Flyers at 50: Building the Streak Against the Defending Champs

 

Flyers history 50

October 21, 1979

Riding a three-game winning streak, the Philadelphia Flyers were looking to make it four in a row against the Montreal Canadiens down at the Spectrum. It would be the Flyers first game of a four-game home stand.

The Canadiens were one of the NHL’s top teams, led by legends like Guy LaFleur and Larry Robinson. Many of the tilts between the Flyers and the Canadiens in the '70s were memorable ones — you can add this game to that list.

The Flyers jumped out to a 3-0 lead after the first period on a pair of goals by Bill Barber and defenseman Norm Barnes. When Flyers rookie Brian Propp scored on the power play just 1:57 into the second period, this game was close to being a blowout.

However, these were the Montreal Canadiens, the defending Stanley Cup Champions.

Montreal’s Yvon Lambert scored on the power play to make it 4-1 less than a minute after Propp’s goal, then LaFleur beat Flyers netminder Phil Myre at 4:32 and the lead was quickly cut in half.

The Flyers responded just over a minute later on the power play as Bobby Clarke stretched the lead to 5-2, then Rick MacLeish would get the lead back up to four with a goal at 12:05 to make it 6-2.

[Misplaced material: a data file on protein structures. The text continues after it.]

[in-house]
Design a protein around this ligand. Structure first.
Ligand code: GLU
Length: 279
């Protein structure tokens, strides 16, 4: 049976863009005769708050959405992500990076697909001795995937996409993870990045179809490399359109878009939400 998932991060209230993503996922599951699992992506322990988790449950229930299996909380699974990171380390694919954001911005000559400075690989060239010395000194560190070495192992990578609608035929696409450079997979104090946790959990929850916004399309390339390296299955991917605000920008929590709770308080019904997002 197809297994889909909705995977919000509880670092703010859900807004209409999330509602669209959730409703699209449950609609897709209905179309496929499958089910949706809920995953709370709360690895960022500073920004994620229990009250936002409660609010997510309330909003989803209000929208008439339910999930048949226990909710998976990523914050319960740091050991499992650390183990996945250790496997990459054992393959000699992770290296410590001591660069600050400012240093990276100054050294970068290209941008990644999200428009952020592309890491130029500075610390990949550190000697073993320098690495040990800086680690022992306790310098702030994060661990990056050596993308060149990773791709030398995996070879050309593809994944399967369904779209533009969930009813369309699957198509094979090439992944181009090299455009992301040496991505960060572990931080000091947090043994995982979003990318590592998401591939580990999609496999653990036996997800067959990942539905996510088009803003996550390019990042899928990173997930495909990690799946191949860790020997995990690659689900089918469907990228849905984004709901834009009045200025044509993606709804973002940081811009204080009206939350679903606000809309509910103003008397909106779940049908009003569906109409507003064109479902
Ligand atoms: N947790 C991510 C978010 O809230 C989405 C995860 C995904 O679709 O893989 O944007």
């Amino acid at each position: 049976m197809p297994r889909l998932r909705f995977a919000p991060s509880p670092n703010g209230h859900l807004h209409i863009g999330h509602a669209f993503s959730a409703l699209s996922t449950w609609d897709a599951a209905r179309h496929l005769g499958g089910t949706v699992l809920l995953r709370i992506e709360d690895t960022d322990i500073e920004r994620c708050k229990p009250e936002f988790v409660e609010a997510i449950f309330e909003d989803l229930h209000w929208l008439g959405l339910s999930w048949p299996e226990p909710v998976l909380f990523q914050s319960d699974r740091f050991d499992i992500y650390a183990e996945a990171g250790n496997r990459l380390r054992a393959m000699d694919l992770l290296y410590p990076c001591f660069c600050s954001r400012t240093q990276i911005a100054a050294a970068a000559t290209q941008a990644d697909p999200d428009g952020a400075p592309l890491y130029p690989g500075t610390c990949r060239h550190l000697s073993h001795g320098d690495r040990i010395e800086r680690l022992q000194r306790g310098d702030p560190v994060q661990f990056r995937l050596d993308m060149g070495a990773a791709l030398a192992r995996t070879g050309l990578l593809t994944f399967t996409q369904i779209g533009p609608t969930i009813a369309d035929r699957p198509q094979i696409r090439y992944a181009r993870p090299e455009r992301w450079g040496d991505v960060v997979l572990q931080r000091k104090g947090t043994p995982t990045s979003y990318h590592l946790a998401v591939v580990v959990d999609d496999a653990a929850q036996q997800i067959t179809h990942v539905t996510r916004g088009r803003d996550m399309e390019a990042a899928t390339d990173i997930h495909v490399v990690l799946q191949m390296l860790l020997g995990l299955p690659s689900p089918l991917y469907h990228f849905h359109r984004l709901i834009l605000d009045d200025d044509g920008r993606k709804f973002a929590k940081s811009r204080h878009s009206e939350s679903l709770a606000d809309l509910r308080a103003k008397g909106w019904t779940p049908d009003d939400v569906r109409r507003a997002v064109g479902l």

While the Canadiens were down, they were not out of it just yet. 

Larry Robinson scored for Montreal just 39 seconds after MacLeish to make it 6-3 and winger Steve Shutt notched a power play goal at 17:22 to cut the lead to 6-4 as the game entered the third period.

The Canadiens would get a power play via a Bob Kelly slashing penalty midway through the third and they would capitalize on it. LaFleur scored his second of the game and cut the lead to 6-5 at 9:03.

Montreal’s defense would clamp down from there on the Flyers, allowing just two shots in the period. That defense would create offense and a chance to score the tying goal.

At 17:11, the Canadiens did just that, as right winger Rejean Houle beat Myre and tied the game at six. Each team earned a point with the game going to overtime, although the Flyers let the other point slip away as the game ended in a 6-6 tie.

At the time, this was simply a regular-season game between two very good teams. However, this game would also be catalogued as Game 4 of the Flyers 35-game unbeaten streak that season.

Ironically, the Orange and Black would go on to win their next nine games, until playing to a 3-3 tie at St. Louis on Nov. 17. Had the Flyers not squandered a two-goal lead late in this game versus Montreal, they could have entered St. Louis with a whopping 13-game winning streak.